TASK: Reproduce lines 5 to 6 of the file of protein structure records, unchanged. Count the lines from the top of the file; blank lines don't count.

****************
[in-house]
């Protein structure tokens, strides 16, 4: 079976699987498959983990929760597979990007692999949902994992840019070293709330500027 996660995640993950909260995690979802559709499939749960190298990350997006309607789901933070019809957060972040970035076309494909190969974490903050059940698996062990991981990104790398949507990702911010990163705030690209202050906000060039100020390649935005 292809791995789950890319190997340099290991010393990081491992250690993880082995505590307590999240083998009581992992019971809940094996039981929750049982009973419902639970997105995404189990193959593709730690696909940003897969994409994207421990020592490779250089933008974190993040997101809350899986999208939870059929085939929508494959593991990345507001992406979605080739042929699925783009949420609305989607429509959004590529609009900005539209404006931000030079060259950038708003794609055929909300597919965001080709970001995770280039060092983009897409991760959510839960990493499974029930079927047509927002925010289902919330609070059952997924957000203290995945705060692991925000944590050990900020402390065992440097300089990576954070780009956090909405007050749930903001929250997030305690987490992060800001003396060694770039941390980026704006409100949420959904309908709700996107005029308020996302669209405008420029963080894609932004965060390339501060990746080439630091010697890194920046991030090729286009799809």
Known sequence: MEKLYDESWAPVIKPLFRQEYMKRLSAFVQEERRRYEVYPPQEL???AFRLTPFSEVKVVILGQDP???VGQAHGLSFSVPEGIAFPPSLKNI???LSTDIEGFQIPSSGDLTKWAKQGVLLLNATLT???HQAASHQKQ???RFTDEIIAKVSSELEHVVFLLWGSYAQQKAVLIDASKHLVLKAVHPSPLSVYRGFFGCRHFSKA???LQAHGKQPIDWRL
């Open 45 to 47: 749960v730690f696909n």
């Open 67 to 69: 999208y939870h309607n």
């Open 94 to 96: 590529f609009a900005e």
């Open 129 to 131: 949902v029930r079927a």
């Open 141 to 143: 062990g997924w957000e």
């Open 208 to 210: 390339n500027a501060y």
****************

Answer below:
């Open 67 to 69: 999208y939870h309607n």
């Open 94 to 96: 590529f609009a900005e």